My only complaint is that i wish he had a live drummer. I have ranted about this here many times, but really: the sheer power of live drumming should never be underestimated. You just don't get the same effect off of a tape loop.

However, that's a minor complaint and Frayne really did use his tape loop to good effect. I went into this show only familiar with his first 2 albums, both of which use pretty straightforward drumming. (I think he has a drummer on the albums, but that individual doesn't tour -- hence the loops.) However, tonight Frayne played a few tracks on which the drums were more electronica-style cut-up breakbeats. These really worked well, and i hope that these tunes are included on his new album, Sands which i picked up at the show.

Overall, Lanterna put on another stunning set. I wish that he played Atlanta more often.

And then it was time for Robert Rich to perform. Rich had a complicated set-up of keyboards and electronic thingies (he had something that looked like an old-timey phone switchboard back there) and various flutes. To get into his performance area he has to duck under a huge tube light, and he performed standing the midst of this gear.

He introduced the set by saying he would play from across his catolog, and that he would play straight through for an hour with no breaks.

And then he played straight through for an hour with no breaks. It was impressive to watch and hear.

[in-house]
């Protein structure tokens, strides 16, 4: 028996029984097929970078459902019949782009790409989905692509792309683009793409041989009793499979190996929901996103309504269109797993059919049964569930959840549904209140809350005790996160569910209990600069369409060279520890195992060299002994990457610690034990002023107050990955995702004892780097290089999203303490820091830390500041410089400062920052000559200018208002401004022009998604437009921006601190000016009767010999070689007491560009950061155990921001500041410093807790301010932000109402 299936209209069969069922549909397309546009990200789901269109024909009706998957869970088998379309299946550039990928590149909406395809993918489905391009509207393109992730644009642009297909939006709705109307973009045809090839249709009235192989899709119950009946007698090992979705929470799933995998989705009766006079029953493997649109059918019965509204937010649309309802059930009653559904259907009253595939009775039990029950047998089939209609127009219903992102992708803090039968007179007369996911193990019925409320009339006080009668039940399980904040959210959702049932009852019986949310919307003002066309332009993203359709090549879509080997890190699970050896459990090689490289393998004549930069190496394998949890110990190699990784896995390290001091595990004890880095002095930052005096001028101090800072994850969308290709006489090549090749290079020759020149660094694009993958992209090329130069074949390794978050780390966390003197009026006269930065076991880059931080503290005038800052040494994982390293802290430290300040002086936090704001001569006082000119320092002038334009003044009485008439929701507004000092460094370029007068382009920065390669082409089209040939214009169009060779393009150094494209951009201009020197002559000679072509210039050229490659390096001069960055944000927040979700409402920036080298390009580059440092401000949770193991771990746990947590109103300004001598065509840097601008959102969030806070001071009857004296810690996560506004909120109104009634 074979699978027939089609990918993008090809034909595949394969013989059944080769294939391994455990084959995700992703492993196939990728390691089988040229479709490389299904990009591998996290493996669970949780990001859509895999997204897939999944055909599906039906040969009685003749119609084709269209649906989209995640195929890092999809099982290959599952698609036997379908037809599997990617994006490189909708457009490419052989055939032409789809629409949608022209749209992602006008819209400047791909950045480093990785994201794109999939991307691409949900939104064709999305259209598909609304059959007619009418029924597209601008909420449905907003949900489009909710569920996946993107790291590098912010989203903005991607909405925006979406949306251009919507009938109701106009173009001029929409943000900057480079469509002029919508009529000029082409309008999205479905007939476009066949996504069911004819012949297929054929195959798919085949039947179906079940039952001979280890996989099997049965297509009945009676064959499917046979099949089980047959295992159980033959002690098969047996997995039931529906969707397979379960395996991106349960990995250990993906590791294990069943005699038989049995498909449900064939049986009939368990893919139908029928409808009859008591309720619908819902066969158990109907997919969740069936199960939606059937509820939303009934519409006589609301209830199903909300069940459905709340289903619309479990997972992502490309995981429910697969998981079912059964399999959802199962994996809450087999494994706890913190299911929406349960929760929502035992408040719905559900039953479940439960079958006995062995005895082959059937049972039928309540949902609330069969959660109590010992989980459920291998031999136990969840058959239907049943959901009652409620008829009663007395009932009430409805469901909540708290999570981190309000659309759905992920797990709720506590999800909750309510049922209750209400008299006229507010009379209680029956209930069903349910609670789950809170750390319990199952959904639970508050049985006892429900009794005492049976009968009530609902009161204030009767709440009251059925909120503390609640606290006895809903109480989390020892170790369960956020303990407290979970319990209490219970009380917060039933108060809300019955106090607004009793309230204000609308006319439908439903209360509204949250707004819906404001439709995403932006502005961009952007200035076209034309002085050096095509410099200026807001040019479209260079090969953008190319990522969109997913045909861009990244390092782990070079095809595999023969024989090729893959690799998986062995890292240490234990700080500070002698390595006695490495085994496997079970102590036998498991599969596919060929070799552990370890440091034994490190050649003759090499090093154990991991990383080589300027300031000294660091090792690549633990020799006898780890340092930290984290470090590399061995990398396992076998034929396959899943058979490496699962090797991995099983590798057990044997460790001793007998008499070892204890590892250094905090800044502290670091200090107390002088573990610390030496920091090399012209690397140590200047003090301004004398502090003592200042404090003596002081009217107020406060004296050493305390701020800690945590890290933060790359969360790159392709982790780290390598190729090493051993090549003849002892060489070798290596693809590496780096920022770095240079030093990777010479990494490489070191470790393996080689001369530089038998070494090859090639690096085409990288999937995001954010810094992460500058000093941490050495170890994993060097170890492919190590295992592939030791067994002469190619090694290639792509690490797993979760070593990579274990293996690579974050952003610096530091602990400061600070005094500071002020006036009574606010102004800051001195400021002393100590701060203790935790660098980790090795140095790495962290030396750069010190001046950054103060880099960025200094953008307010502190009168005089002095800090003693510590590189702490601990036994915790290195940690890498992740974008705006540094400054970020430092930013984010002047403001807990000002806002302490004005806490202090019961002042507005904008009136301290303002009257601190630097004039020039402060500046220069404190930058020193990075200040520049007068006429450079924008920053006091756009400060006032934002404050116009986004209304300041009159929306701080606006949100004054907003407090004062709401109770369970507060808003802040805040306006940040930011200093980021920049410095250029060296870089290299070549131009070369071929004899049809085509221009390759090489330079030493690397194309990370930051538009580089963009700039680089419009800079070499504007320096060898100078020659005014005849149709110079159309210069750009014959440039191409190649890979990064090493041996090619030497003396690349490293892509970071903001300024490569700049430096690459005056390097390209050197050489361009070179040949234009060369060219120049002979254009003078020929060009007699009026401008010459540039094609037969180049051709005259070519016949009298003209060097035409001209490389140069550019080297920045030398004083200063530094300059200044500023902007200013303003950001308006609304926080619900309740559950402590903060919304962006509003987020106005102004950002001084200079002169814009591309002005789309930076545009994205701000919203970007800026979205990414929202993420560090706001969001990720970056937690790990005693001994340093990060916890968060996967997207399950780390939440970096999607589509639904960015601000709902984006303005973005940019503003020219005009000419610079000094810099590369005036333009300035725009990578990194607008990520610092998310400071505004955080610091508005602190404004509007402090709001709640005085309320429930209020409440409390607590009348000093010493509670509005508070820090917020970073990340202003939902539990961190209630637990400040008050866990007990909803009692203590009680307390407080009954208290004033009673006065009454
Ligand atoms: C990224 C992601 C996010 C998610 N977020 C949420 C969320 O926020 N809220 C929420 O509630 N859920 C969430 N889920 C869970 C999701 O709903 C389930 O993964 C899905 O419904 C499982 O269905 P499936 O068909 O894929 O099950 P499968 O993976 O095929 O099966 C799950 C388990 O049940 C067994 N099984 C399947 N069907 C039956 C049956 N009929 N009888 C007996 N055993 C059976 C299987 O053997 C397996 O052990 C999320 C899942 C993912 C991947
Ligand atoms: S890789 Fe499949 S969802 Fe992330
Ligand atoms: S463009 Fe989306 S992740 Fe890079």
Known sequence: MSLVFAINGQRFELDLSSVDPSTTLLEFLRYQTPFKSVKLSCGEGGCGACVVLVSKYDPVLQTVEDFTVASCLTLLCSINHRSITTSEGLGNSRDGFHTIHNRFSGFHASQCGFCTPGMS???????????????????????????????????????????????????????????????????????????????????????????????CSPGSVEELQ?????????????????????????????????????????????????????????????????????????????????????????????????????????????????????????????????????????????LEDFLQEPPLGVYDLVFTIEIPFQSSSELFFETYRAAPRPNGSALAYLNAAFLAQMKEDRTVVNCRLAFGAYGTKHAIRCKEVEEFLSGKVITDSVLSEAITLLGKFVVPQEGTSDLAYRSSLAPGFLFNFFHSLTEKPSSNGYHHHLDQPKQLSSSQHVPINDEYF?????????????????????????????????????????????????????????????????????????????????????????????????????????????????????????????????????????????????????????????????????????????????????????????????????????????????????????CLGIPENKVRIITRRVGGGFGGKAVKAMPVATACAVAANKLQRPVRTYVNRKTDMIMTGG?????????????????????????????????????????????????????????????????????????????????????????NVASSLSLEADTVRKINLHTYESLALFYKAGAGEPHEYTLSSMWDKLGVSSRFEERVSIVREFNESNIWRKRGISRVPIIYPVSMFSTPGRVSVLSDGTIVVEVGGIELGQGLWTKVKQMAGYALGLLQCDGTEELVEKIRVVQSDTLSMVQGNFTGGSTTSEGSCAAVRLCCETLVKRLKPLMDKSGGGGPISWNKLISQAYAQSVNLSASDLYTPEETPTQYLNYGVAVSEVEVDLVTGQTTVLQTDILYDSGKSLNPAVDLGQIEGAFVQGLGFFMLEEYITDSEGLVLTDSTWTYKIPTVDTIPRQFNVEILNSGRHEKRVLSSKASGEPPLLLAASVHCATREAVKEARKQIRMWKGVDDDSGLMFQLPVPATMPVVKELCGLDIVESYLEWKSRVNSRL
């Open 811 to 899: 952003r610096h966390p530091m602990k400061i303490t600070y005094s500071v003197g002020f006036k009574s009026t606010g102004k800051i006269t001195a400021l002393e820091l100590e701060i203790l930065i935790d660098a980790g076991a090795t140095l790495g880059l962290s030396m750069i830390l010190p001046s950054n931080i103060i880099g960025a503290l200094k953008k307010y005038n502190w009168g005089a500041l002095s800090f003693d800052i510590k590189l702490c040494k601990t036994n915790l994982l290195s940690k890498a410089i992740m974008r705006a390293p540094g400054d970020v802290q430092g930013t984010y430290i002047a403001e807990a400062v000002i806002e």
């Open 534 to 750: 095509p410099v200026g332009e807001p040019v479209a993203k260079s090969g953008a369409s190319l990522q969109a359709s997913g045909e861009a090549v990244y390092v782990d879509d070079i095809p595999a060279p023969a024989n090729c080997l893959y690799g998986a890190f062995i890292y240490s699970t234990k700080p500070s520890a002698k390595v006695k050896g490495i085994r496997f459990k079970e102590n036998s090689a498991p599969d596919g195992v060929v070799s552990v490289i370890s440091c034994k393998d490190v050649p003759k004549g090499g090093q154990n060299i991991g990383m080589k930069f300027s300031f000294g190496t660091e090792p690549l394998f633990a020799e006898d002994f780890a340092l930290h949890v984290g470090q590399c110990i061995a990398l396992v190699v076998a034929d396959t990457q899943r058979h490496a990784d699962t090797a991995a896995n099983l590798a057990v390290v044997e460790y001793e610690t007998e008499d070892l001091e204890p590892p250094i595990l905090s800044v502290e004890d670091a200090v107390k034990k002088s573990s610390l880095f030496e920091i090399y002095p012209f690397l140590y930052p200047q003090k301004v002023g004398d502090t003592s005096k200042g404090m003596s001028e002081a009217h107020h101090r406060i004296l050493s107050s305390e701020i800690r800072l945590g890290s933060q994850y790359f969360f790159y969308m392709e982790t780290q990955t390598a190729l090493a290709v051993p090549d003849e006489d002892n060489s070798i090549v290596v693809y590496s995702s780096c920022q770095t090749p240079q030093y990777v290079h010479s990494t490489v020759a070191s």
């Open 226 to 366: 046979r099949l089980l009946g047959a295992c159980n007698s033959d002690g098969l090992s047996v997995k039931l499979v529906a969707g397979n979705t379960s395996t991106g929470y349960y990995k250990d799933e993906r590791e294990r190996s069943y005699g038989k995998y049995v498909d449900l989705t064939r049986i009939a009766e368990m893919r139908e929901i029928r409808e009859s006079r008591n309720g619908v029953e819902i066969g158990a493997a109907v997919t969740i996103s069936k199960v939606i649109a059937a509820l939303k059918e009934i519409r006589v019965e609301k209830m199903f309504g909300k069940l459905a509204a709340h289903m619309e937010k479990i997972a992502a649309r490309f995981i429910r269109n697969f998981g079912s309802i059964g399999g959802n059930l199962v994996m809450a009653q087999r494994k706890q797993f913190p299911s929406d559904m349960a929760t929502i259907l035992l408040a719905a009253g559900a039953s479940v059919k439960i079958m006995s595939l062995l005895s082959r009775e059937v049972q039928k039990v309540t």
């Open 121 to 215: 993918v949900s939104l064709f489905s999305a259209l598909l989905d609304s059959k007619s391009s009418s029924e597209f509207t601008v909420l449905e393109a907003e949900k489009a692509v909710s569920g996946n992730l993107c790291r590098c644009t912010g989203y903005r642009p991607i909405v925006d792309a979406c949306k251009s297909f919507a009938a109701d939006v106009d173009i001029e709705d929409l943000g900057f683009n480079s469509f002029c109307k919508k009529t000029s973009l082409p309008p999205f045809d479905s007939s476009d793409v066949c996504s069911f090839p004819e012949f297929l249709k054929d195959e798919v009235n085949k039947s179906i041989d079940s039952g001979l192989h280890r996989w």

Visually, Rich darts around tweaking nobs and playing various flutes and keyboards, and even something that looked like a pedal steel guitar but which appeared to make a strange synthesized sound. He was really busy back there, which is strange to think about because so much of the music, the really cool tribal drumming that makes the foundation of his music, was pre-programmed.

I normally complain about how boring it is to watch people make electronic music, but Rich wasn't boring to watch at all. In fact, every time he moved around i found myself watching closely to see what keyboard he would move to (he had at least 3) or what flute he would pick up (there were many different kinds). I guess that he is really more of an electronic/analog fusion artist. Still, it was interesting to watch.

Musically, Rich's work is all over the place. He started out playing bamboo flute over some new agey sounds, but moved on to space rock, some almost Orbish dub, and even played a piece in the middle of the set that featuring loud dark drumming reminiscent of the Lifeforms-era work of Future Sound of London.

I admit that the more new-agey portions of his set (the beginning and end pieces) seemed kind of dull to me. Then again, i burnt out on New Age in the early 90's, so your mileage may vary. Overall though, his music displayed an amazing degree of variety.

I only have one real complaint: listening to spacey electronic music at 1 AM is not the wisest thing to do if you expect to drive home. I had one beer the whole night, but after Rich was done performing i felt out of it. My mind was reeling and wandering from the strange musical journey he described, and i found that i had to spend a half an hour wandering around and chatting with various musicians just in order to ground myself enough to drive home.

Overall this was an amazing night. I enjoyed all three performances tremendously, and i recommend these artists to anyone who might be interested.

Related Links:
  Lanterna at the last night at the old Eyedrum space on Fri.28.Sept.01.
Envie earlier in 2003.